Simulating 2D Spin Lattices with Ion Crystals

 

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The objective of this project is to experimentally realize a 100-particle quantum simulator with complete quantum control at the single-particle level . We combine the proven methodology for realizing spin models in linear ion crystals stored in radio-frequency traps with a novel approach to extending such a system into two dimensions, thus enabling studies of 2D non-equilibrium physics with a larger particle number.

 

Analog quantum simulation with trapped ions in Innsbruck

 

In Innsbruck an analog quantum simulator based on 1D strings of Calcium-40 ions stored in a linear Paul trap is already used successfully to study systems of interacting spins with up to ~20 particles. In the approach used here and several other groups around the world, a spin-half particle is encoded into two electronic states of a trapped ion, which is manipulated via laser pulses: coherent single-ion operations and measurements are combined with engineered spin-spin interactions mediated by the motional modes of the ion crystal to directly implement e.g. Ising-type Hamiltonians in the system.

 

Why extend the system into the second dimension?

 

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Scaling up an ion chain to a large number of particles (>50) presents a challenging task as extremely anisotropic trapping potentials are required to keep the ion crystal linear, leading to issues such as high heating rates of the axial motional modes as well as problems in addressing outer ions in long strings. In our approach of using 2D ion crystals, such problems can be circumvented, which will enable us to scale our quantum simulator up to 100 particles.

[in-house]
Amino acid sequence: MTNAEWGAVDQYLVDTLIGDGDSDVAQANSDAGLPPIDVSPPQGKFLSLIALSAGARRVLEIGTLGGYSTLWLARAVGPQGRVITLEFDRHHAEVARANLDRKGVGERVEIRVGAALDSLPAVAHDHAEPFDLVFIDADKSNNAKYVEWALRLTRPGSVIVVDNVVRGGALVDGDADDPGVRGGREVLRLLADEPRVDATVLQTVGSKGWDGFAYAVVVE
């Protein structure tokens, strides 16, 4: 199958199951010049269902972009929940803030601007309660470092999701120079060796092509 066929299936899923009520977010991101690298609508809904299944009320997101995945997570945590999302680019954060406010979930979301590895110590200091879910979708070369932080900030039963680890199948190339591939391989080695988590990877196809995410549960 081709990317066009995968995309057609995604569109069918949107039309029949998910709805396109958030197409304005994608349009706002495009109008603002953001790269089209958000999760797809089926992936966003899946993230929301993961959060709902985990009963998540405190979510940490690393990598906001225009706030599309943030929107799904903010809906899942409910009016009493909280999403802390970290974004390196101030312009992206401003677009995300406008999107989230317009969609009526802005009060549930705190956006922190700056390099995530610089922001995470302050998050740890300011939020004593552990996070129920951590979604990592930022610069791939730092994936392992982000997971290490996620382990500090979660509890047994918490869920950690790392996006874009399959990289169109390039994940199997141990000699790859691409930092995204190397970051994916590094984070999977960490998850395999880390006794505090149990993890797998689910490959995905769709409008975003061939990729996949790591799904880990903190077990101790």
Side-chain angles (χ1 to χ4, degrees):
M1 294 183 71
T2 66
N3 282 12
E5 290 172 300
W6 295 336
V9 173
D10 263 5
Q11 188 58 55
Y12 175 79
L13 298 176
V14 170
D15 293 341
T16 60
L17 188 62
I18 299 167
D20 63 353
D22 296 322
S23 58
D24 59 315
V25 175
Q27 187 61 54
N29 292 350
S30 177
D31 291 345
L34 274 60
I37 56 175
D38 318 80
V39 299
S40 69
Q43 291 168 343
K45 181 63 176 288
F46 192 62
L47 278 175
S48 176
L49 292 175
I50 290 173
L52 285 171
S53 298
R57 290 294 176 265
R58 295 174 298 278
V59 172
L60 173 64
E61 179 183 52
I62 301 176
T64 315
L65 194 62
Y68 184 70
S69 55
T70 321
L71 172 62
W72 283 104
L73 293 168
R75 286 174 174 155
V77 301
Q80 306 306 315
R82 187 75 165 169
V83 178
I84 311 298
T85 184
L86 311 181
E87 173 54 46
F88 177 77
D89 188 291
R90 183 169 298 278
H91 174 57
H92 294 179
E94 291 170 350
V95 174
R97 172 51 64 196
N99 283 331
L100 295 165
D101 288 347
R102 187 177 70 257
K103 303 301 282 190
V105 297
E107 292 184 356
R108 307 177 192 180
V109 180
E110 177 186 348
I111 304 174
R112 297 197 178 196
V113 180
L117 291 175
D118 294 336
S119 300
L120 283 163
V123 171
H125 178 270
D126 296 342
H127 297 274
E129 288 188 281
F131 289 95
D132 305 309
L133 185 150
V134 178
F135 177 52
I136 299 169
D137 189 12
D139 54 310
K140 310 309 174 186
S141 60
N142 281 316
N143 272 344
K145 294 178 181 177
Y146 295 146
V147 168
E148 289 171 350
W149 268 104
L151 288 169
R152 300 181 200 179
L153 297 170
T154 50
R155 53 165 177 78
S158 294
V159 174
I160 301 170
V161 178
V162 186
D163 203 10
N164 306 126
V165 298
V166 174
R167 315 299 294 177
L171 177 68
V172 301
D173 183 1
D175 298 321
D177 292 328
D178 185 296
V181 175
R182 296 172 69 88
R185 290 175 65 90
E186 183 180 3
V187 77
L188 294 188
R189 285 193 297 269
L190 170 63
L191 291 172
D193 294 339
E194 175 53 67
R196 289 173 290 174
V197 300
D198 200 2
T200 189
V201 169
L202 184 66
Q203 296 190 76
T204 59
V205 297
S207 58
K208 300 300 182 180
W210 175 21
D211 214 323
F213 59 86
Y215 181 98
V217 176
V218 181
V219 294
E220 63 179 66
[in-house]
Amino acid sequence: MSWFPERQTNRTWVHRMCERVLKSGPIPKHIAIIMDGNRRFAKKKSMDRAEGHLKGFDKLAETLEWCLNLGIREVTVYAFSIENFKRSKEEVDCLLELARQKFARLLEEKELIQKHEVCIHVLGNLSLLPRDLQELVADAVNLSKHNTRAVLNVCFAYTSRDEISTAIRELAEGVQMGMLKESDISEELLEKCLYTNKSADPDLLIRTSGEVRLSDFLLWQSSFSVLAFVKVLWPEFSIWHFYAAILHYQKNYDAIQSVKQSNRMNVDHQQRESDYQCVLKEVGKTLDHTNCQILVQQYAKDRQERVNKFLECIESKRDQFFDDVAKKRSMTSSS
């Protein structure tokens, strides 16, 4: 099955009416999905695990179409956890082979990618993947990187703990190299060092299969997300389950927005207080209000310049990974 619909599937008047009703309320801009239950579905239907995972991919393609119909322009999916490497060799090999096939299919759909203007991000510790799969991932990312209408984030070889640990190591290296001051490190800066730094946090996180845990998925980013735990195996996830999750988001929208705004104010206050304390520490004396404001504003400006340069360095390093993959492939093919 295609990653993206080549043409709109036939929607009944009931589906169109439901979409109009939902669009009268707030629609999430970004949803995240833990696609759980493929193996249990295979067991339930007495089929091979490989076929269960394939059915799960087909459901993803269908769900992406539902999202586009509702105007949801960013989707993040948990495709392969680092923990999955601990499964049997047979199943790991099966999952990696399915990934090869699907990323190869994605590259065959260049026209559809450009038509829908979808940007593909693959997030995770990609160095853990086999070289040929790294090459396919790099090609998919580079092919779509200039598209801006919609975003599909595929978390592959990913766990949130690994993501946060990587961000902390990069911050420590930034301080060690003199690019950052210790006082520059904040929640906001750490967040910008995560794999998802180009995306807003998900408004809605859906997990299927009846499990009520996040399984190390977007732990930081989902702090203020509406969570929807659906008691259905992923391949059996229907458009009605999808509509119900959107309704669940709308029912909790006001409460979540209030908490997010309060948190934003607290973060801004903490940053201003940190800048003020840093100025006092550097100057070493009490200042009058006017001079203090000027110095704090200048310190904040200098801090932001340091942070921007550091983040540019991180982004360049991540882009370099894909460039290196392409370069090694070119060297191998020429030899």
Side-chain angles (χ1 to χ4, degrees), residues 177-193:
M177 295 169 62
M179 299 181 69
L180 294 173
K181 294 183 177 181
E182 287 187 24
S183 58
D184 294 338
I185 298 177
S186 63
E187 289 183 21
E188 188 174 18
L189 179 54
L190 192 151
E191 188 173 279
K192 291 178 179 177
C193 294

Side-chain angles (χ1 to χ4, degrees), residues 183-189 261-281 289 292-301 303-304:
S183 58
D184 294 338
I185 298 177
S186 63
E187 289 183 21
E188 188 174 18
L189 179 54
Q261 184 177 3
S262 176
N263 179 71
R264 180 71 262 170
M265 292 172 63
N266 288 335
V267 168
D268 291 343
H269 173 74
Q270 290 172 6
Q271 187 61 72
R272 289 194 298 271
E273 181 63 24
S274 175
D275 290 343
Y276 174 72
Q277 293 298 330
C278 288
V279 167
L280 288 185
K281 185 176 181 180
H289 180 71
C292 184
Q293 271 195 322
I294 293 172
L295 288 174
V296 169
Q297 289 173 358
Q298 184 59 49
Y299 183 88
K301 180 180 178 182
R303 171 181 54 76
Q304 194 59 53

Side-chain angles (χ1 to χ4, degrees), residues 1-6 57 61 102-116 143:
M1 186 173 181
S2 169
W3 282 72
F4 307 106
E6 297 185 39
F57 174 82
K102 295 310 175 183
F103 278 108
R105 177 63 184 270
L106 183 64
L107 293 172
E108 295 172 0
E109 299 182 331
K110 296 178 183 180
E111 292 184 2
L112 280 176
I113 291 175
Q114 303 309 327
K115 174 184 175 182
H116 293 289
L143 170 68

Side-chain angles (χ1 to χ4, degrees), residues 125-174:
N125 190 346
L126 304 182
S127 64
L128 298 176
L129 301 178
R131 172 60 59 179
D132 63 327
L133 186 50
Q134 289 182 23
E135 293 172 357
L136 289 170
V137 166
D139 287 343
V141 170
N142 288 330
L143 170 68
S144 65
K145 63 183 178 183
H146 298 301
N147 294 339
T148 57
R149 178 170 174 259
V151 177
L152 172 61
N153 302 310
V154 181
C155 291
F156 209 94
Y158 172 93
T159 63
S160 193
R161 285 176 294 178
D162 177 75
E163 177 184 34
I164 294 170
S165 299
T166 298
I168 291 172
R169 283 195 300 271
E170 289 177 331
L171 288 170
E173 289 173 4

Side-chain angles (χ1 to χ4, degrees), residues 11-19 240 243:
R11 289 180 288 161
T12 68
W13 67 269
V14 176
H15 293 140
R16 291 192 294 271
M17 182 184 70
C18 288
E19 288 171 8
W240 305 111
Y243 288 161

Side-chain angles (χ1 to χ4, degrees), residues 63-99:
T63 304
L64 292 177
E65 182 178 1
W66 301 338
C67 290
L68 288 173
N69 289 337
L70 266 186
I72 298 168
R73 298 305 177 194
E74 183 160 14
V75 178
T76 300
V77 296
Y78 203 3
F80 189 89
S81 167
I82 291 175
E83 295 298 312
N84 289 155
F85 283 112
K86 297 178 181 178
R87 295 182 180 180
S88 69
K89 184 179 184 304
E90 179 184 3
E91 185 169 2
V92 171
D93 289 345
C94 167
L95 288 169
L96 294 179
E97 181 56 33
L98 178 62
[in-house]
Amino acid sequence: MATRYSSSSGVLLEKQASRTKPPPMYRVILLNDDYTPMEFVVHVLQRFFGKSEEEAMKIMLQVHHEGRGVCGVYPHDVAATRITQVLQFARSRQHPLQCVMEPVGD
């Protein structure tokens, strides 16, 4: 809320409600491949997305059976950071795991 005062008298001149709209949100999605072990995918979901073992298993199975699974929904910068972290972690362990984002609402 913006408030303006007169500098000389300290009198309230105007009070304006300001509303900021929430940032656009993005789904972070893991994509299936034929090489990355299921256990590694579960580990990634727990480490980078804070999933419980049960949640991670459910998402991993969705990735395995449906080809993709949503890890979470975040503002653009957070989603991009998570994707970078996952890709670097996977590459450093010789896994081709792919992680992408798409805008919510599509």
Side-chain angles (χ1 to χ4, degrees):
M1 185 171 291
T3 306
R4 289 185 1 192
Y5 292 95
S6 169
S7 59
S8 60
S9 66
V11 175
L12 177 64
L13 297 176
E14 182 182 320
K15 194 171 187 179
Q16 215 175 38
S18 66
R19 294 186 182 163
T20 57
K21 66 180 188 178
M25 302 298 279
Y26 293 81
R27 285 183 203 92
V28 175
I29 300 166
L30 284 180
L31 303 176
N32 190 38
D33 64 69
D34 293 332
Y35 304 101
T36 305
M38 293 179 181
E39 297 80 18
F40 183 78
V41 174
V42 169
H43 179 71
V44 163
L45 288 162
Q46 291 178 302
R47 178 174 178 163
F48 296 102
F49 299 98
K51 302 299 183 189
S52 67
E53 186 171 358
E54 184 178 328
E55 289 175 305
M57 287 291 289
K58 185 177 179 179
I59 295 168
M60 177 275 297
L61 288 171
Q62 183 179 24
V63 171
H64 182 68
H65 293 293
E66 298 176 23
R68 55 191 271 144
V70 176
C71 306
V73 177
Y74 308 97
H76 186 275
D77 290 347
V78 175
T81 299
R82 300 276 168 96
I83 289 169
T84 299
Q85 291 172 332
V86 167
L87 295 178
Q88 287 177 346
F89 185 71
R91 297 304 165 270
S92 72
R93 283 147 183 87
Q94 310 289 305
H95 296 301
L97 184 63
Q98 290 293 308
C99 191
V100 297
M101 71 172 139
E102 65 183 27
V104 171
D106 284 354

Our approach

 

Two experimental setups are currently in the process of being built from scratch:

  • A room-temperature setup, to initially test key experimental techniques on small 2D ion crystals
  • A cryogenic setup: The cryogenic environment will reduce collisions of the ions with background gas and decrease motional heating of the ions due to fluctuating stray electric fields. In this setup we will be working with large 2D ion crystals of up to 100 particles.

In both setups we aim to trap planar ion crystals in a novel micro-fabricated segmented linear Paul trap. Here, we investigate a 3-layer trap design, based on ideas by the ETH ion trapping group, as well as a monolithic design, shown below. The geometry of these traps allows us to create the anisotropic potentials required for trapping 2D ion crystals while still being able to maintain sufficient optical access for imaging as well as single-ion addressing.

 

2d_crystals_2.jpg

 

Our main experimental goals

 

  • Trapping and laser-cooling of two-dimensional ion crystals to millikelvin temperatures in a radio-frequency trap.
  • Realization of quantum spin models with particle numbers for which the simulation becomes intractable by numerical techniques.
  • Development of methods for validating quantum simulators.
  • Investigation of various models with spin-frustration in two-dimensional geometries.IMG 20190829 144204 1 1

 The 2D crystals lab

 

Project members

 

Image credit: M.R. Knabl/IQOQI

 

  • Christian Roos (Project Leader)
  • Helene Hainzer (PhD Student)
  • Dominik Kiesenhofer (PhD Student)
  • Johannes Franke (Master Student)

 

We currently have positions available for Postdocs. For more information, please This email address is being protected from spambots. You need JavaScript enabled to view it.

 

Funding

 

Funding for this project is provided by the European Research Council (ERC) via an ERC
Advanced Grant (Project SPICY).

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